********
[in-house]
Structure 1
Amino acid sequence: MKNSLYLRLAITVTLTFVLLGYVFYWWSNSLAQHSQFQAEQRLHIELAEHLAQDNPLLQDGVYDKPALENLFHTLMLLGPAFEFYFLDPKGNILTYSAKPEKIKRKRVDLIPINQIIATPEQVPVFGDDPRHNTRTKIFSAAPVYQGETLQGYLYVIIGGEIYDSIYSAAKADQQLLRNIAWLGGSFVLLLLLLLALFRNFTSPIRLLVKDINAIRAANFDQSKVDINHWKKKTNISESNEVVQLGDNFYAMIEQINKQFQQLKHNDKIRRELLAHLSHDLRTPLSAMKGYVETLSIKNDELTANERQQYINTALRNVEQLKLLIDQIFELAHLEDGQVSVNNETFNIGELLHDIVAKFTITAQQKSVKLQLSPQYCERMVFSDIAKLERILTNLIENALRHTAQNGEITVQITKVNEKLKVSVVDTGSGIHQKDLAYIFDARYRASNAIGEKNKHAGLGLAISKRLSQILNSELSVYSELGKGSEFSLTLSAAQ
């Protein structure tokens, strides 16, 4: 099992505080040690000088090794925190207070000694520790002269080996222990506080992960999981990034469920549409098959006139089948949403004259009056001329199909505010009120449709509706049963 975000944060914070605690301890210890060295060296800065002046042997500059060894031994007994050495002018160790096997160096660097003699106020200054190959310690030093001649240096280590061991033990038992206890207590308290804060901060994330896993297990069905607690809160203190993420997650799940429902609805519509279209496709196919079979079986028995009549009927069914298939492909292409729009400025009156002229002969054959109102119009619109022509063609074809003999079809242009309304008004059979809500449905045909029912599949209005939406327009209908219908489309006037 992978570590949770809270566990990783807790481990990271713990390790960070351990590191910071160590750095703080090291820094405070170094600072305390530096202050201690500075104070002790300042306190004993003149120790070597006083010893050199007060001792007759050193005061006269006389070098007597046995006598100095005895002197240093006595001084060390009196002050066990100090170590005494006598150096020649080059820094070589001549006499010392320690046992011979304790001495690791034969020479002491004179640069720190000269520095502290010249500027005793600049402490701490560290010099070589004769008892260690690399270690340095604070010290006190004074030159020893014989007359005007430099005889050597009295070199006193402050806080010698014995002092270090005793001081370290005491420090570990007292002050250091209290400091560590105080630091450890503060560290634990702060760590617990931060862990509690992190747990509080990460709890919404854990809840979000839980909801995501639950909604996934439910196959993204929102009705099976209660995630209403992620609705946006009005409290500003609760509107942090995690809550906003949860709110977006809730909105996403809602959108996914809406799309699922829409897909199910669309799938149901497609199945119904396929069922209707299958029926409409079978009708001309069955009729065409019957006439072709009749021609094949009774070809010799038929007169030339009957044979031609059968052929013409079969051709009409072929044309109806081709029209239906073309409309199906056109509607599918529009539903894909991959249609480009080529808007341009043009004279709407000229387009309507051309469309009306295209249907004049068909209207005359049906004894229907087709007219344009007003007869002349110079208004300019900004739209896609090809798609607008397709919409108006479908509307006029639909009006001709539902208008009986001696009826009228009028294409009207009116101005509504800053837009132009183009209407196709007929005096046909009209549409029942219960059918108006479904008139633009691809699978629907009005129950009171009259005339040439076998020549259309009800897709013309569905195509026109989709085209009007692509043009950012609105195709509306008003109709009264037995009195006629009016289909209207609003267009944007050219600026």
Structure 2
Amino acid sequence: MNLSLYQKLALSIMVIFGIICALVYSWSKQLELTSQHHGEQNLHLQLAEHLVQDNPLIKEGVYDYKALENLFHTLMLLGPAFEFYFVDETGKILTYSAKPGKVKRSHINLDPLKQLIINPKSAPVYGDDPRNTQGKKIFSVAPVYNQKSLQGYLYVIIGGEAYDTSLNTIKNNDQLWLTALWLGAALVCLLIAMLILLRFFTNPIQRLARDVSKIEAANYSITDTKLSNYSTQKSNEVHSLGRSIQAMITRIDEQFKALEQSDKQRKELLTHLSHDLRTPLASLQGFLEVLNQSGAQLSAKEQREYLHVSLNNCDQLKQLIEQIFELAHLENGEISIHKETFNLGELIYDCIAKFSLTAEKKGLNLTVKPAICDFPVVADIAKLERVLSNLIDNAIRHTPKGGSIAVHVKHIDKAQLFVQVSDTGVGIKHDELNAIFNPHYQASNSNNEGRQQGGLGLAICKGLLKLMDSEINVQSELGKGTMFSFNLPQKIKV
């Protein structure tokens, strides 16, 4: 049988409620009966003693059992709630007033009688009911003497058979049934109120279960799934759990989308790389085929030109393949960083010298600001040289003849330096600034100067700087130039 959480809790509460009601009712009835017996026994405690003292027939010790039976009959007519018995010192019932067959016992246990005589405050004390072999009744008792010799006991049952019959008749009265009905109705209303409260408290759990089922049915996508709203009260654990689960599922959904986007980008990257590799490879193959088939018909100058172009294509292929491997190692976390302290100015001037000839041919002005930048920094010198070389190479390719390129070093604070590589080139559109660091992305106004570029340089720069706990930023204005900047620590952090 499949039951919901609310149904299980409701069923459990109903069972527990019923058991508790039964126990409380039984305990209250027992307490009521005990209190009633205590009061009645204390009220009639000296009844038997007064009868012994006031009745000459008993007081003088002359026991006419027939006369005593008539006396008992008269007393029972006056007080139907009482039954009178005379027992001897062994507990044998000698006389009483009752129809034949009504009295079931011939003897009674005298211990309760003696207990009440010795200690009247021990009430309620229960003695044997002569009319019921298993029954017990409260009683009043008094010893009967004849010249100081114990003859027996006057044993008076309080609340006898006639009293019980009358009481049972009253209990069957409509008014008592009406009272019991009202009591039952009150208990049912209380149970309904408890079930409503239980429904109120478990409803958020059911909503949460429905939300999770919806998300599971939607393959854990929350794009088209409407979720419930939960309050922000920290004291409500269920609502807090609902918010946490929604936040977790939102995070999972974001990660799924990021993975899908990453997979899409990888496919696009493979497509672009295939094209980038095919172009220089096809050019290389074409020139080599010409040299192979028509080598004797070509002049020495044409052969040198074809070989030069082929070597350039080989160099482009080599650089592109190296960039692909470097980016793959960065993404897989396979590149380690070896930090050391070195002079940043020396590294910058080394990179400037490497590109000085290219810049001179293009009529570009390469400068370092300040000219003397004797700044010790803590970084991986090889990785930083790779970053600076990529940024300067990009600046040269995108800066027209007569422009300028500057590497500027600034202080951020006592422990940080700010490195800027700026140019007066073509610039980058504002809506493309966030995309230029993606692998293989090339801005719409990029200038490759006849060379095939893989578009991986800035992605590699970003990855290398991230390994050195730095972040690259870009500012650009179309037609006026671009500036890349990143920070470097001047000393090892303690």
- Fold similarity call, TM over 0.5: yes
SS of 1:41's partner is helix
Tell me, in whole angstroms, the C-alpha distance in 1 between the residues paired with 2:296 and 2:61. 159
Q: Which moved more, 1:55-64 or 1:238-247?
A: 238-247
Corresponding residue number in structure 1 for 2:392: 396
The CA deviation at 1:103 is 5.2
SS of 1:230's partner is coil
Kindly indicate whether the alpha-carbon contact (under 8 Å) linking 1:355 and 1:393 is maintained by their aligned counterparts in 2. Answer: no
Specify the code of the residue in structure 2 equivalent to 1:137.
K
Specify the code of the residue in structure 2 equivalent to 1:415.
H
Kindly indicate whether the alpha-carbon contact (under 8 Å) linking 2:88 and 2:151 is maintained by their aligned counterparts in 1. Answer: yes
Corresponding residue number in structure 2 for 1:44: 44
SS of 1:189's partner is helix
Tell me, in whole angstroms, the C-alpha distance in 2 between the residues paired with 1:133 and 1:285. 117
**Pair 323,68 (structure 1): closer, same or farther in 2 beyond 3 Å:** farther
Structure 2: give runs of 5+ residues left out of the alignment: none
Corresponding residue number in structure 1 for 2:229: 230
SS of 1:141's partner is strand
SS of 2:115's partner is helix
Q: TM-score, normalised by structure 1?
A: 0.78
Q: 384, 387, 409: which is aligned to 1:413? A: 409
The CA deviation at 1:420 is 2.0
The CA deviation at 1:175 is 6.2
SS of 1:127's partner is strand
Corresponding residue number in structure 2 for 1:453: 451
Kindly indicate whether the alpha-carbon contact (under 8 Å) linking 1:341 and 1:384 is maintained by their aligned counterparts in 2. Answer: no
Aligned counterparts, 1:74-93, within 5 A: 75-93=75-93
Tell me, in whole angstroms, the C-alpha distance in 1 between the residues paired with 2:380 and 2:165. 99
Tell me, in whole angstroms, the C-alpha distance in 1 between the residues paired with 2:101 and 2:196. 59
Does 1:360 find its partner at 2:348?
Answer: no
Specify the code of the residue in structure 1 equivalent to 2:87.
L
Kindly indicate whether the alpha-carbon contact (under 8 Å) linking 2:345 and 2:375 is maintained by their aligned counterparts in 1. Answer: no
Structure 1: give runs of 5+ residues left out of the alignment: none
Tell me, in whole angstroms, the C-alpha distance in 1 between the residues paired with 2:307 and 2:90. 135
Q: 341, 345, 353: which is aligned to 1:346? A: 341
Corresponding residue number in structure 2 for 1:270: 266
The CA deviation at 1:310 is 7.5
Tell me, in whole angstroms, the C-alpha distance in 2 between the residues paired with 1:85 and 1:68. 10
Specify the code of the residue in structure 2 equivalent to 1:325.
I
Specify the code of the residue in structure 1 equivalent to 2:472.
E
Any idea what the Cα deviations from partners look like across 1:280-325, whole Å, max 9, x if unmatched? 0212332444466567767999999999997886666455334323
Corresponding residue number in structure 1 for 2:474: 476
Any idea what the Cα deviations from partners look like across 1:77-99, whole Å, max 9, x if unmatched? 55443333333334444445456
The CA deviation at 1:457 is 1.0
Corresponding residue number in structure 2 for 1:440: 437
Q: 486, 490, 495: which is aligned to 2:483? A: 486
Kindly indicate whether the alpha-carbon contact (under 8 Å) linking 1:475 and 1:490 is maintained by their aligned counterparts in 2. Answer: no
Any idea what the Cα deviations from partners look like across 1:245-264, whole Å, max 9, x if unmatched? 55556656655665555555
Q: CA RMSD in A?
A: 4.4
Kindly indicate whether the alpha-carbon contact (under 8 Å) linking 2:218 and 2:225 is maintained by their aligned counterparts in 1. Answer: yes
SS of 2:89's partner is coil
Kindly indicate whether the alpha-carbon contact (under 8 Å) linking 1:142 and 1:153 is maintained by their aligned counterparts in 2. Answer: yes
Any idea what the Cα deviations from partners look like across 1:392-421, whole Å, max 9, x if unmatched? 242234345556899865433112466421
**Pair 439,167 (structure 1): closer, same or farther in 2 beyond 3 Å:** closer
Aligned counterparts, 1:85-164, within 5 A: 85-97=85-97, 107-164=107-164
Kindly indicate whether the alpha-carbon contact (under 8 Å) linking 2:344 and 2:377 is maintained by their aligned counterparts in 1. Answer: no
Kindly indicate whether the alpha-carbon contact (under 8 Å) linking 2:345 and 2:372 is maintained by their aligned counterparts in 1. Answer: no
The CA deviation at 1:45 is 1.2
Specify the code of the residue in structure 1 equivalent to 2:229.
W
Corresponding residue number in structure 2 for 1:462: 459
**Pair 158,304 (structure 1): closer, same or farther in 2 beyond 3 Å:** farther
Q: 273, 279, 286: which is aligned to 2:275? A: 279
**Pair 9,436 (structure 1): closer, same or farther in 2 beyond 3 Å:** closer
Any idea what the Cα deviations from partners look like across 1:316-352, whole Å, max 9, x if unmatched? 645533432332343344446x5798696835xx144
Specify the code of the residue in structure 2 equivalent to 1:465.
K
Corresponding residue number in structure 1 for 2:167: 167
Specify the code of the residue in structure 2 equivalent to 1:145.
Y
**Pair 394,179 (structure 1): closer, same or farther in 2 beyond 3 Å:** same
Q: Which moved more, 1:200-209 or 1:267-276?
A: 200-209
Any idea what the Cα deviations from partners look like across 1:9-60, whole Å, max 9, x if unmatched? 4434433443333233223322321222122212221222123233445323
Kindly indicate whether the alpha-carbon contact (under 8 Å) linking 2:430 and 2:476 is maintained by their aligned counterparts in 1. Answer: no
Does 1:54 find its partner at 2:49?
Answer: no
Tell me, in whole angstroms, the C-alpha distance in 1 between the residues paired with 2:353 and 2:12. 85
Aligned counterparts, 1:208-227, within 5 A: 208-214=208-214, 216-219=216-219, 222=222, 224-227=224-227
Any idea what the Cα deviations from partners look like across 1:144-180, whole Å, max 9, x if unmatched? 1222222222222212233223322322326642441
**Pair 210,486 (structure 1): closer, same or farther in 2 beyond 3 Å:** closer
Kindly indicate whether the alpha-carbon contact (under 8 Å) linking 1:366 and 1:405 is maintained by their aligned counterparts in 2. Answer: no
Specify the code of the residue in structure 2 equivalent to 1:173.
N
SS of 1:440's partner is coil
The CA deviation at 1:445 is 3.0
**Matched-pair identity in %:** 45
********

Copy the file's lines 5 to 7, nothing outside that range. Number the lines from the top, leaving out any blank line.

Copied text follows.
Structure 2
Amino acid sequence: MNLSLYQKLALSIMVIFGIICALVYSWSKQLELTSQHHGEQNLHLQLAEHLVQDNPLIKEGVYDYKALENLFHTLMLLGPAFEFYFVDETGKILTYSAKPGKVKRSHINLDPLKQLIINPKSAPVYGDDPRNTQGKKIFSVAPVYNQKSLQGYLYVIIGGEAYDTSLNTIKNNDQLWLTALWLGAALVCLLIAMLILLRFFTNPIQRLARDVSKIEAANYSITDTKLSNYSTQKSNEVHSLGRSIQAMITRIDEQFKALEQSDKQRKELLTHLSHDLRTPLASLQGFLEVLNQSGAQLSAKEQREYLHVSLNNCDQLKQLIEQIFELAHLENGEISIHKETFNLGELIYDCIAKFSLTAEKKGLNLTVKPAICDFPVVADIAKLERVLSNLIDNAIRHTPKGGSIAVHVKHIDKAQLFVQVSDTGVGIKHDELNAIFNPHYQASNSNNEGRQQGGLGLAICKGLLKLMDSEINVQSELGKGTMFSFNLPQKIKV
């Protein structure tokens, strides 16, 4: 049988409620009966003693059992709630007033009688009911003497058979049934109120279960799934759990989308790389085929030109393949960083010298600001040289003849330096600034100067700087130039 959480809790509460009601009712009835017996026994405690003292027939010790039976009959007519018995010192019932067959016992246990005589405050004390072999009744008792010799006991049952019959008749009265009905109705209303409260408290759990089922049915996508709203009260654990689960599922959904986007980008990257590799490879193959088939018909100058172009294509292929491997190692976390302290100015001037000839041919002005930048920094010198070389190479390719390129070093604070590589080139559109660091992305106004570029340089720069706990930023204005900047620590952090 499949039951919901609310149904299980409701069923459990109903069972527990019923058991508790039964126990409380039984305990209250027992307490009521005990209190009633205590009061009645204390009220009639000296009844038997007064009868012994006031009745000459008993007081003088002359026991006419027939006369005593008539006396008992008269007393029972006056007080139907009482039954009178005379027992001897062994507990044998000698006389009483009752129809034949009504009295079931011939003897009674005298211990309760003696207990009440010795200690009247021990009430309620229960003695044997002569009319019921298993029954017990409260009683009043008094010893009967004849010249100081114990003859027996006057044993008076309080609340006898006639009293019980009358009481049972009253209990069957409509008014008592009406009272019991009202009591039952009150208990049912209380149970309904408890079930409503239980429904109120478990409803958020059911909503949460429905939300999770919806998300599971939607393959854990929350794009088209409407979720419930939960309050922000920290004291409500269920609502807090609902918010946490929604936040977790939102995070999972974001990660799924990021993975899908990453997979899409990888496919696009493979497509672009295939094209980038095919172009220089096809050019290389074409020139080599010409040299192979028509080598004797070509002049020495044409052969040198074809070989030069082929070597350039080989160099482009080599650089592109190296960039692909470097980016793959960065993404897989396979590149380690070896930090050391070195002079940043020396590294910058080394990179400037490497590109000085290219810049001179293009009529570009390469400068370092300040000219003397004797700044010790803590970084991986090889990785930083790779970053600076990529940024300067990009600046040269995108800066027209007569422009300028500057590497500027600034202080951020006592422990940080700010490195800027700026140019007066073509610039980058504002809506493309966030995309230029993606692998293989090339801005719409990029200038490759006849060379095939893989578009991986800035992605590699970003990855290398991230390994050195730095972040690259870009500012650009179309037609006026671009500036890349990143920070470097001047000393090892303690």